As one of the fastest growing U.S. cities with populations more than 500,000, Fort Worth, Texas, has created positive planning challenges for the Fort Worth Transportation Authority, known as The T. Now the 17th largest city, Fort Worth has grown from a population of 541,926 in 2000 to 703,000, and is the seat of Tarrant County, also among the country’s fastest growing. Fort Worth’s relatively recent, rapid expansion was fueled by its wide-open developable land with low acquisition costs in a business-friendly state, its integral role in the booming Dallas-Fort Worth Metroplex, and its attractive quality of life that blends small city livability with big city entrepreneurial spirit and culture.
Up until the start of the 21stcentury, The T had been primarily a bus service for dependent riders, plus an extensive vanpool system to reach its outer-most perimeters. With the influx of new residents and the arrival in Fort Worth in 2000 of its first commuter rail, co-owned with Dallas Area Rapid Transit, there is increasing demand for more rail and expanded bus service, as well as greater interest across all population segments for an expansion of the public transportation system in the greater Fort Worth area and adjacent counties. Today The T operates 40 bus routes, mobility impaired services, carpools and vanpools, the Trinity Railway Express as co-owner and is developing a new commuter railroad that will operate diagonally across most of Tarrant County.
The traditional challenge for The T’s bus transit planners has been how to plan effective and efficient transit service to accommodate the rapid growth, which has been primarily on the low-density edges of the city which extends for 350 square miles. The existing bus network illustrated on The T’s system map shows a strong concentration of service within the Interstate 820 “Loop” but limited in areas outside the Loop. In sum, The T planners have chosen to concentrate service to the denser areas with the strongest transit potential. The T’s bus transit system — with an annual operation cost of approximately $26 million — has proven to be lean and efficient, providing good coverage to the central city and inner-core communities. As with other transit agencies across the country, The T responded to the economic downturn with a “belt-tightening” program in 2009 for administrative items. As the economy continued to constrict, The T planning staff was challenged to identify potential reductions to its already efficient bus service.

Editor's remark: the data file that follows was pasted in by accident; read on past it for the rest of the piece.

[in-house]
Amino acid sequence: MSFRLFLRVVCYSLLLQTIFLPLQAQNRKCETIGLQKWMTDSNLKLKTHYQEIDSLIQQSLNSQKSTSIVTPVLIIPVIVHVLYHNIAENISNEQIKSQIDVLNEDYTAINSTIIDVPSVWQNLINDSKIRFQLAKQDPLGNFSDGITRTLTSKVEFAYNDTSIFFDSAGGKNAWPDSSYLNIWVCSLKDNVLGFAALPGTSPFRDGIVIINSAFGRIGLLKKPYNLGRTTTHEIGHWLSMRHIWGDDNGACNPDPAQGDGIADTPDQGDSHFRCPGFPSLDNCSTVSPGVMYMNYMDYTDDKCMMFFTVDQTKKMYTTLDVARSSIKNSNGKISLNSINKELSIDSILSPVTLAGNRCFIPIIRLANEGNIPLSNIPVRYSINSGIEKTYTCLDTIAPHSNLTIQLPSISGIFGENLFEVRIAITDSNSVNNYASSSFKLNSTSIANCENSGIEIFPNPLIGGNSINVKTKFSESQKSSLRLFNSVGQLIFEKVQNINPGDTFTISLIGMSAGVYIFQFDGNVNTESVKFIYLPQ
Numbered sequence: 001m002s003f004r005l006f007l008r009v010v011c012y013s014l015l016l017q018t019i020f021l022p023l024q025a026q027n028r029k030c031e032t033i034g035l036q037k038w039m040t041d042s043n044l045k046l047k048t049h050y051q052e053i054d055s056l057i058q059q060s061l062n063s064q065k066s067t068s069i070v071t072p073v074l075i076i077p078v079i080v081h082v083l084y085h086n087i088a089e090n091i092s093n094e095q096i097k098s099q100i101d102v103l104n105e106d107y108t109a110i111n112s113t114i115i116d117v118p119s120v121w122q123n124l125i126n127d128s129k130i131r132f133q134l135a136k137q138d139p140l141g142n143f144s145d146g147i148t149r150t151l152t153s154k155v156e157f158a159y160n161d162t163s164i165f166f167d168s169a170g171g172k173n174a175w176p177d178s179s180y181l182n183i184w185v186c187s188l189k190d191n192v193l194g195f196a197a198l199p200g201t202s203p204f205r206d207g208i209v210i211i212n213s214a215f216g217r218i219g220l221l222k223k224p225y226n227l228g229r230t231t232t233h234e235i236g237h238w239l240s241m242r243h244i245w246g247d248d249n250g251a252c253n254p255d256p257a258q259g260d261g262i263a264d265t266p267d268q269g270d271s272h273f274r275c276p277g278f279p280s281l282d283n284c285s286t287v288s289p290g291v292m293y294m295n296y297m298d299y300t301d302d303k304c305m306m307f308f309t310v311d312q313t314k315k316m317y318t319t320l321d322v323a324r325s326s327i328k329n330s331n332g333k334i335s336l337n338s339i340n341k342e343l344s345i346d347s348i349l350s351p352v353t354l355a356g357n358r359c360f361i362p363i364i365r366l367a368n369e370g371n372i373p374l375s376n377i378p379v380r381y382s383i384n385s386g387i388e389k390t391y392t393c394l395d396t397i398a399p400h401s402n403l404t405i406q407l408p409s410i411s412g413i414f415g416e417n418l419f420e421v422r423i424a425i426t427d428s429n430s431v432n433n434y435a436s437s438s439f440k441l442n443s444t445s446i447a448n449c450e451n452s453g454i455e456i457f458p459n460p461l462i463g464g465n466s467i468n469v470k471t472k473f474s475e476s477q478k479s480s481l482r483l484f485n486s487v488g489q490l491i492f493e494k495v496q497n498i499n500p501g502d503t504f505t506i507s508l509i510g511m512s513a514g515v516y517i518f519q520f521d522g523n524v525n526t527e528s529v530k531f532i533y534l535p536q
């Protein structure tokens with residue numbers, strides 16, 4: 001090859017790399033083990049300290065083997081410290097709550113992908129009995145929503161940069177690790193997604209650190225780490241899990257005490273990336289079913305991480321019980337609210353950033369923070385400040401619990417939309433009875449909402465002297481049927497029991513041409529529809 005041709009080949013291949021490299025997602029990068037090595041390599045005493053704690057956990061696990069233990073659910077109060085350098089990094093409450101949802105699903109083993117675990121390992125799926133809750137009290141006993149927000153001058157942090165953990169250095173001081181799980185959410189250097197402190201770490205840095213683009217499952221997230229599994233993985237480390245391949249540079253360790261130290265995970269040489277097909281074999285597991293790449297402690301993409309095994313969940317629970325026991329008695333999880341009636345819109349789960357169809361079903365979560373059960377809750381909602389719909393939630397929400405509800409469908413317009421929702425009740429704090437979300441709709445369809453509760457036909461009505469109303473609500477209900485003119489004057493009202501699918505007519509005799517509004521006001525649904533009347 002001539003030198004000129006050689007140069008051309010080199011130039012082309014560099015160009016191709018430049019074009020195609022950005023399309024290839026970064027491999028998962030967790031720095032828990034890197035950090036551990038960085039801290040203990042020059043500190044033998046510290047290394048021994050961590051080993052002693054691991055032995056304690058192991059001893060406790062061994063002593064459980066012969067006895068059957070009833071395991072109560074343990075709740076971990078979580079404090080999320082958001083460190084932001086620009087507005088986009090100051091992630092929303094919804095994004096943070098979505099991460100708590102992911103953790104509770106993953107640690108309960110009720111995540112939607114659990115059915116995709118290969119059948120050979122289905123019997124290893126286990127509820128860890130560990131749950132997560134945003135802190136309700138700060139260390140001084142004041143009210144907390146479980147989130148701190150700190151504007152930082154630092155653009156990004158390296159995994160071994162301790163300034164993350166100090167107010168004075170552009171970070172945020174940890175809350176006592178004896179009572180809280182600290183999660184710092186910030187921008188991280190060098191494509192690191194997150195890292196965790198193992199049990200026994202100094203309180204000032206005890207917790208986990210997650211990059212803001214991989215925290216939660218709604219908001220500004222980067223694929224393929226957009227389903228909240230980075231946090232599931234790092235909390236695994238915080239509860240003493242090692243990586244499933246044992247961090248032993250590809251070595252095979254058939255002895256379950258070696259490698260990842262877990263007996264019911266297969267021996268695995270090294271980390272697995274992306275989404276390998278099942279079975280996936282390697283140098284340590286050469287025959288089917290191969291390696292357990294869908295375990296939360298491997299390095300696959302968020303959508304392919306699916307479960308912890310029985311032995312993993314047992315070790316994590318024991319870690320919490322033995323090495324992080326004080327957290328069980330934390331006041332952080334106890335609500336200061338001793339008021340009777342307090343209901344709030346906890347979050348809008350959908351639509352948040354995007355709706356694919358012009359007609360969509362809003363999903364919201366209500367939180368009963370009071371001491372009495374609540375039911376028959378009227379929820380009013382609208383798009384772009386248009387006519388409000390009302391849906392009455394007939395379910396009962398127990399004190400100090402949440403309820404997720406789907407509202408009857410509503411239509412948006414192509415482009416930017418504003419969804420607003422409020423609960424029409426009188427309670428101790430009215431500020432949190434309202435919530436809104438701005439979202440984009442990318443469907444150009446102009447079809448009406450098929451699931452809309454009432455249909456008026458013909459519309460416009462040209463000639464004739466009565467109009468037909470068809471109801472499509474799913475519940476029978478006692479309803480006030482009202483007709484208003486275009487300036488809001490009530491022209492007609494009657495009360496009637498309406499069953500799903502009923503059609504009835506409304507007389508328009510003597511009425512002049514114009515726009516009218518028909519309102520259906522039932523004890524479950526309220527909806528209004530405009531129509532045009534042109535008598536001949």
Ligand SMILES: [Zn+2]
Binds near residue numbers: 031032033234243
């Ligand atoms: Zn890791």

To begin the evaluation of what level of bus service to cut, T planners were first provided with a goal from President Dick Ruddell, who directed staff to identify up to $1 million in savings. The planning team then put its existing resources and evaluation tools to work, beginning with a key Route Monitoring Committee that understands the system from the ground level.
Route Monitoring Committee
This committee is a group of volunteer operators and customer service representatives who meet monthly with planning and scheduling staff to improve communication between the departments while creating an additional avenue to enhance service quality. Bus operators relay on-the-street operational concerns and help to evaluate proposed route changes. T planning staff took advantage of this operating group’s understanding of existing service to provide an initial brainstorm of potential service reductions. Several ideas were brought forth for further investigation. Because detailed surveys and studies can be very expensive and time-consuming to produce, it is important to gain this observational input before embarking on any empirical analysis.
T planners next put their internal evaluation/tracking tools to work. To track system efficiencies, The T used multiple evaluation tools: route performance index (RPI), farebox passenger counts, boarding and alighting counts, and origin-destination surveys.